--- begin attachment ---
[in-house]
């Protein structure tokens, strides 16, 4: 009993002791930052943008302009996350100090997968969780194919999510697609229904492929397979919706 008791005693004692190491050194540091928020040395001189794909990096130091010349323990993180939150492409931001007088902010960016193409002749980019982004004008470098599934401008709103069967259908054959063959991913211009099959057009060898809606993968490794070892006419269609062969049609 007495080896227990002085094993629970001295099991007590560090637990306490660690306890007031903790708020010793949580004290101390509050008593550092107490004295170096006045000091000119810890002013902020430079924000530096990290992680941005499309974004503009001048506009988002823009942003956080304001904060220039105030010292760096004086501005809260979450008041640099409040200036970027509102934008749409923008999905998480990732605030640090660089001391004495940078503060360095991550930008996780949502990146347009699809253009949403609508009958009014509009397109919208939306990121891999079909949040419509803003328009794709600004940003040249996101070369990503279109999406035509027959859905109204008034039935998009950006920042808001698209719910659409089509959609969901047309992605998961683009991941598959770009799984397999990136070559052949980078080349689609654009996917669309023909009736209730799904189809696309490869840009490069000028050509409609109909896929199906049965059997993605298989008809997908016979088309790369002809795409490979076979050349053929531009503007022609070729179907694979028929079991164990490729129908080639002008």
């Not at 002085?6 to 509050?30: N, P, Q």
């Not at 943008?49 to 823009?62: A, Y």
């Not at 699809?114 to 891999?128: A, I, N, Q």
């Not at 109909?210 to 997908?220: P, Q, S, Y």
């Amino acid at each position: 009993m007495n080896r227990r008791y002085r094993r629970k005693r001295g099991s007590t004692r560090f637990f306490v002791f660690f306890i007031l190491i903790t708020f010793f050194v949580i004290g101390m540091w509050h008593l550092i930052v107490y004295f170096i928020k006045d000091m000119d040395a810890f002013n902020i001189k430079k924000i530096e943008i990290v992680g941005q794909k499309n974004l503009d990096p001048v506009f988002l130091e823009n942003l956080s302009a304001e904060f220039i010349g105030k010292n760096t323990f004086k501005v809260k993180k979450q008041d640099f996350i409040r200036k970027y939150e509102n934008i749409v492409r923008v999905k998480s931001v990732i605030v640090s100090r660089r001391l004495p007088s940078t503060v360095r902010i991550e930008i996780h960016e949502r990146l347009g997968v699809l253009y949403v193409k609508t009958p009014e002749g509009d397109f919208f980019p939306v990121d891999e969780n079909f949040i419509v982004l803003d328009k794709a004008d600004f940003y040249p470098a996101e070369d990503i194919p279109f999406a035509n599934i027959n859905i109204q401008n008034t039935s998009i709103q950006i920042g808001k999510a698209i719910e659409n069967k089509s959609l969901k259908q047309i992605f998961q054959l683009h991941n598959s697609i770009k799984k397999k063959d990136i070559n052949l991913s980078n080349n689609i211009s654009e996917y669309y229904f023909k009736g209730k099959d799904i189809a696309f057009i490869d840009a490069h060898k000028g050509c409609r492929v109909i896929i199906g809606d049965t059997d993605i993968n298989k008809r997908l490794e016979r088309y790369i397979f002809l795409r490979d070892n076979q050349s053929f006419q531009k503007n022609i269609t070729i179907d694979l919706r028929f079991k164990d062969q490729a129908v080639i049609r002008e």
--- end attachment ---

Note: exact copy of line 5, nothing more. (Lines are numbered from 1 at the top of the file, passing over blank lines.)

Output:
């Not at 699809?114 to 891999?128: A, I, N, Q």